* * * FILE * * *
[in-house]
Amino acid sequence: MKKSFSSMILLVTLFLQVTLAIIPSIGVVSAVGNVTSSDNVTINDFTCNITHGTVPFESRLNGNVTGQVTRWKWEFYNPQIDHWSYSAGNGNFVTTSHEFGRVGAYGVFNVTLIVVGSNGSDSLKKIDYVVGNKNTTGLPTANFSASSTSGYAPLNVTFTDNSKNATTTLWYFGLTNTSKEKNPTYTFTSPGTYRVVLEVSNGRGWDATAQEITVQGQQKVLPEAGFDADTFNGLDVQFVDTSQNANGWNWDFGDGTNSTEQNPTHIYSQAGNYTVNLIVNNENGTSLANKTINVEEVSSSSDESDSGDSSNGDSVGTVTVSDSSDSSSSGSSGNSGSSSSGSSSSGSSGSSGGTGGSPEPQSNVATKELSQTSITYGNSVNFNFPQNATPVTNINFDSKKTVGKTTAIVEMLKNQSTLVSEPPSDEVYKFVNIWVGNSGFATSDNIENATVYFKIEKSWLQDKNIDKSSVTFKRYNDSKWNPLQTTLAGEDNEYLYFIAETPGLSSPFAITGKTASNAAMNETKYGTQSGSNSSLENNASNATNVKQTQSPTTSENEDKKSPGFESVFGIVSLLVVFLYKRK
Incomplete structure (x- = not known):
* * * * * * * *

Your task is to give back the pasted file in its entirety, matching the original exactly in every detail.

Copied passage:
[in-house]
Amino acid sequence: MKKSFSSMILLVTLFLQVTLAIIPSIGVVSAVGNVTSSDNVTINDFTCNITHGTVPFESRLNGNVTGQVTRWKWEFYNPQIDHWSYSAGNGNFVTTSHEFGRVGAYGVFNVTLIVVGSNGSDSLKKIDYVVGNKNTTGLPTANFSASSTSGYAPLNVTFTDNSKNATTTLWYFGLTNTSKEKNPTYTFTSPGTYRVVLEVSNGRGWDATAQEITVQGQQKVLPEAGFDADTFNGLDVQFVDTSQNANGWNWDFGDGTNSTEQNPTHIYSQAGNYTVNLIVNNENGTSLANKTINVEEVSSSSDESDSGDSSNGDSVGTVTVSDSSDSSSSGSSGNSGSSSSGSSSSGSSGSSGGTGGSPEPQSNVATKELSQTSITYGNSVNFNFPQNATPVTNINFDSKKTVGKTTAIVEMLKNQSTLVSEPPSDEVYKFVNIWVGNSGFATSDNIENATVYFKIEKSWLQDKNIDKSSVTFKRYNDSKWNPLQTTLAGEDNEYLYFIAETPGLSSPFAITGKTASNAAMNETKYGTQSGSNSSLENNASNATNVKQTQSPTTSENEDKKSPGFESVFGIVSLLVVFLYKRK
Incomplete structure (x- = not known):